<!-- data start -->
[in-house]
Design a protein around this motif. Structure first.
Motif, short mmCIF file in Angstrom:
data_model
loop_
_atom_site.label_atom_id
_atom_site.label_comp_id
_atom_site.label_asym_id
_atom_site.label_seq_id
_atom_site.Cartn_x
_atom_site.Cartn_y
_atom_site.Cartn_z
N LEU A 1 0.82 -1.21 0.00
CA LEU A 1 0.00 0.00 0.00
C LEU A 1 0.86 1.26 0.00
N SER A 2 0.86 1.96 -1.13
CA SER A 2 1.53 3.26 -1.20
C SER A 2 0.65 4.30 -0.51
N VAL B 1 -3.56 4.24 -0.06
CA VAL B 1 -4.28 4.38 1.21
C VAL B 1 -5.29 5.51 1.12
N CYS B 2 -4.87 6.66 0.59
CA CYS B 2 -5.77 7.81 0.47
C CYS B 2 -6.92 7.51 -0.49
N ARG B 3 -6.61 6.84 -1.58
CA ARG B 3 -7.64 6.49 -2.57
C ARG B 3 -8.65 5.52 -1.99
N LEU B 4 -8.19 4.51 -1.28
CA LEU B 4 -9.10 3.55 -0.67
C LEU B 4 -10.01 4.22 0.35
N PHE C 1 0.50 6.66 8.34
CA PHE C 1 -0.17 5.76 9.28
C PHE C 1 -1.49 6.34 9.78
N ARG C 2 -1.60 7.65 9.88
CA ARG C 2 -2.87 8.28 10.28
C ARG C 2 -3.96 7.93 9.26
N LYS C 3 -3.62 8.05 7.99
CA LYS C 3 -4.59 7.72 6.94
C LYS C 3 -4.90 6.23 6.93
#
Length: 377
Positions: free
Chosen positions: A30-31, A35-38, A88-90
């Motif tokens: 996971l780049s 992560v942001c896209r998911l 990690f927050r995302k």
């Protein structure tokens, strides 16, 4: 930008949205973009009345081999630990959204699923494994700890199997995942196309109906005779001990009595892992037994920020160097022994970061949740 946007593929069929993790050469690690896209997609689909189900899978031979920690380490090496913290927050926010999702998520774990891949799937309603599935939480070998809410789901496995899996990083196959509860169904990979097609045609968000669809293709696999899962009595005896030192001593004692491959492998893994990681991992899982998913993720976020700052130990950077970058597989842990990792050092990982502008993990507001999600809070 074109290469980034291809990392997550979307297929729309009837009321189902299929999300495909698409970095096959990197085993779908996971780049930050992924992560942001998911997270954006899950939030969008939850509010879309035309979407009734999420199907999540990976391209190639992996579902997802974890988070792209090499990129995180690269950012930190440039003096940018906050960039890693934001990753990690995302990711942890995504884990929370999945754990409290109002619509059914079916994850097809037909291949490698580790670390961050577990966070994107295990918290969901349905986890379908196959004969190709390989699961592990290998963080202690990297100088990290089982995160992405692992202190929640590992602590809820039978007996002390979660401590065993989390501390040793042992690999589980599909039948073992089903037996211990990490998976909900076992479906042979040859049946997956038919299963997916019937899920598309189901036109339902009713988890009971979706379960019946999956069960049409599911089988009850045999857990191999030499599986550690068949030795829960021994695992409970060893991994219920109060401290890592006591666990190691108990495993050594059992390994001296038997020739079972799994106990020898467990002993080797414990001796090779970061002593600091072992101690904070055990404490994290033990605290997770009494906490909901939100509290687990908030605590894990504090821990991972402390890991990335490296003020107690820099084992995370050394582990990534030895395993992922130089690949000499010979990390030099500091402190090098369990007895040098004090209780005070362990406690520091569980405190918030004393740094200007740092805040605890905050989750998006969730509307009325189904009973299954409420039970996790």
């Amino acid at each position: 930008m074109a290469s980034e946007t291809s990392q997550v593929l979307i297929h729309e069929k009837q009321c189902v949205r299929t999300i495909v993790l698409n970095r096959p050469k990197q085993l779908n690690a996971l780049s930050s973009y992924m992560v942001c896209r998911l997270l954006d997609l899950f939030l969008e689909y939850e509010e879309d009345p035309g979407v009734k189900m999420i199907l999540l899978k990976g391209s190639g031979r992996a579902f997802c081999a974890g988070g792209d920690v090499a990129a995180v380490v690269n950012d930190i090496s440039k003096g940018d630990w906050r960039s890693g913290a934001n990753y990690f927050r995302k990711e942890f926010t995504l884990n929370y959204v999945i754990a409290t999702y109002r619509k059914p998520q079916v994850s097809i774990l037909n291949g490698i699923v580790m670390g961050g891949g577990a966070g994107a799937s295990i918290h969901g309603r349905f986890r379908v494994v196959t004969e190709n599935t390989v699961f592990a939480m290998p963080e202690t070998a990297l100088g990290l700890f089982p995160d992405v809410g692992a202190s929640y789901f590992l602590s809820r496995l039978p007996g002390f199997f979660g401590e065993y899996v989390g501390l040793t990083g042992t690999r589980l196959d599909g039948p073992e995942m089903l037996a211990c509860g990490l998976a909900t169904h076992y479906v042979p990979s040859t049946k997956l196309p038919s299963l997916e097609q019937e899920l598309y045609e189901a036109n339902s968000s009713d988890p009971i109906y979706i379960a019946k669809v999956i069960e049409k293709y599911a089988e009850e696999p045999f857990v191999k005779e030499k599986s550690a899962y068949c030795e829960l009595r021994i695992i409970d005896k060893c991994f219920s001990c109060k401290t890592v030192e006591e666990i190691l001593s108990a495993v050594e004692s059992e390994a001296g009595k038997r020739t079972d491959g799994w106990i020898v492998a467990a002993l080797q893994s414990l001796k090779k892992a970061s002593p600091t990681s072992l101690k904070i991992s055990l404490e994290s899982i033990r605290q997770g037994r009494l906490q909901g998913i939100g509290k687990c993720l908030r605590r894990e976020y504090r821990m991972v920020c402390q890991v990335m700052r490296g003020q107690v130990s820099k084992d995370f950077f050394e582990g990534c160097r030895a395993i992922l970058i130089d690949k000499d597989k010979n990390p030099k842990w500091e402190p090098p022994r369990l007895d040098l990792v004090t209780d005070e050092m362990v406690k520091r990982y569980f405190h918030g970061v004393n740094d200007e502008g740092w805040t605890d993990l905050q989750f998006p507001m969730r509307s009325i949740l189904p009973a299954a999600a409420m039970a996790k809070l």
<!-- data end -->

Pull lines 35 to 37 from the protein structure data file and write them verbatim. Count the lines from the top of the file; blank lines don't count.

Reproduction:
CA ARG C 2 -2.87 8.28 10.28
C ARG C 2 -3.96 7.93 9.26
N LYS C 3 -3.62 8.05 7.99